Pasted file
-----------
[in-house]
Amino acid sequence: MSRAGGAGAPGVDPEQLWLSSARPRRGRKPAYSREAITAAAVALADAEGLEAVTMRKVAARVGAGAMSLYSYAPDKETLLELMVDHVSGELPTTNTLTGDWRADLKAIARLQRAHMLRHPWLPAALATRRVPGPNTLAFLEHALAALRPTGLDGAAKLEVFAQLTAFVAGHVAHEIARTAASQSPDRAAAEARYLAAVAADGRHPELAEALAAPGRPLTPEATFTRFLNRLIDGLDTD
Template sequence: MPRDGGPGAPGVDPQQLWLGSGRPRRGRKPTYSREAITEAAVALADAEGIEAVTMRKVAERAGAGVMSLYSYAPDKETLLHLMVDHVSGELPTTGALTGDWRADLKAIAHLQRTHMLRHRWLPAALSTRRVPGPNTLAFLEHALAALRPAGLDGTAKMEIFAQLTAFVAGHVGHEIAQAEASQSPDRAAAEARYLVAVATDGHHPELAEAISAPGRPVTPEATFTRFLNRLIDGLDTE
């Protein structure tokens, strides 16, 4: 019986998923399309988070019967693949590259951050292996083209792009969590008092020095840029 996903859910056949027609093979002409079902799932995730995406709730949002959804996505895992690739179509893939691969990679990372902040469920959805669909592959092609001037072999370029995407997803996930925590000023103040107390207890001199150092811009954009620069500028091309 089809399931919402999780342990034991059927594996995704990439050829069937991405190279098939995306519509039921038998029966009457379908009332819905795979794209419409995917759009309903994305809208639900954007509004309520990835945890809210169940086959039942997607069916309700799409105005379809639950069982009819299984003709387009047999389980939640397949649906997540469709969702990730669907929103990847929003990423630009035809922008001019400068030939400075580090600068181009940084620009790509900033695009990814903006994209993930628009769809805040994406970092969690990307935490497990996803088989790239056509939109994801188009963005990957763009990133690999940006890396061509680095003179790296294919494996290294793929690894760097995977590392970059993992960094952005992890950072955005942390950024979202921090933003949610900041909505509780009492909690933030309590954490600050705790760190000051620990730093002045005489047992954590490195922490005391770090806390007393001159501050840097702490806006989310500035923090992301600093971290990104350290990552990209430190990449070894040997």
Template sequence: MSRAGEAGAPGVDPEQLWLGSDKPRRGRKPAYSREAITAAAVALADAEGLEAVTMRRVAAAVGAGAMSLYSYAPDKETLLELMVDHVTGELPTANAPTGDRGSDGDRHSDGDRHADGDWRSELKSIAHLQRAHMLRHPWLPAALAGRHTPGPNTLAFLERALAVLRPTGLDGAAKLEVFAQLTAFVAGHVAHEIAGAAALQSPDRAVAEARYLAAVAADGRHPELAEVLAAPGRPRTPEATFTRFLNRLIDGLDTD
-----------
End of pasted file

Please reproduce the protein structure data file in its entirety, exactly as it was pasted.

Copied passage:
[in-house]
Amino acid sequence: MSRAGGAGAPGVDPEQLWLSSARPRRGRKPAYSREAITAAAVALADAEGLEAVTMRKVAARVGAGAMSLYSYAPDKETLLELMVDHVSGELPTTNTLTGDWRADLKAIARLQRAHMLRHPWLPAALATRRVPGPNTLAFLEHALAALRPTGLDGAAKLEVFAQLTAFVAGHVAHEIARTAASQSPDRAAAEARYLAAVAADGRHPELAEALAAPGRPLTPEATFTRFLNRLIDGLDTD
Template sequence: MPRDGGPGAPGVDPQQLWLGSGRPRRGRKPTYSREAITEAAVALADAEGIEAVTMRKVAERAGAGVMSLYSYAPDKETLLHLMVDHVSGELPTTGALTGDWRADLKAIAHLQRTHMLRHRWLPAALSTRRVPGPNTLAFLEHALAALRPAGLDGTAKMEIFAQLTAFVAGHVGHEIAQAEASQSPDRAAAEARYLVAVATDGHHPELAEAISAPGRPVTPEATFTRFLNRLIDGLDTE
């Protein structure tokens, strides 16, 4: 019986998923399309988070019967693949590259951050292996083209792009969590008092020095840029 996903859910056949027609093979002409079902799932995730995406709730949002959804996505895992690739179509893939691969990679990372902040469920959805669909592959092609001037072999370029995407997803996930925590000023103040107390207890001199150092811009954009620069500028091309 089809399931919402999780342990034991059927594996995704990439050829069937991405190279098939995306519509039921038998029966009457379908009332819905795979794209419409995917759009309903994305809208639900954007509004309520990835945890809210169940086959039942997607069916309700799409105005379809639950069982009819299984003709387009047999389980939640397949649906997540469709969702990730669907929103990847929003990423630009035809922008001019400068030939400075580090600068181009940084620009790509900033695009990814903006994209993930628009769809805040994406970092969690990307935490497990996803088989790239056509939109994801188009963005990957763009990133690999940006890396061509680095003179790296294919494996290294793929690894760097995977590392970059993992960094952005992890950072955005942390950024979202921090933003949610900041909505509780009492909690933030309590954490600050705790760190000051620990730093002045005489047992954590490195922490005391770090806390007393001159501050840097702490806006989310500035923090992301600093971290990104350290990552990209430190990449070894040997």
Template sequence: MSRAGEAGAPGVDPEQLWLGSDKPRRGRKPAYSREAITAAAVALADAEGLEAVTMRRVAAAVGAGAMSLYSYAPDKETLLELMVDHVTGELPTANAPTGDRGSDGDRHSDGDRHADGDWRSELKSIAHLQRAHMLRHPWLPAALAGRHTPGPNTLAFLERALAVLRPTGLDGAAKLEVFAQLTAFVAGHVAHEIAGAAALQSPDRAVAEARYLAAVAADGRHPELAEVLAAPGRPRTPEATFTRFLNRLIDGLDTD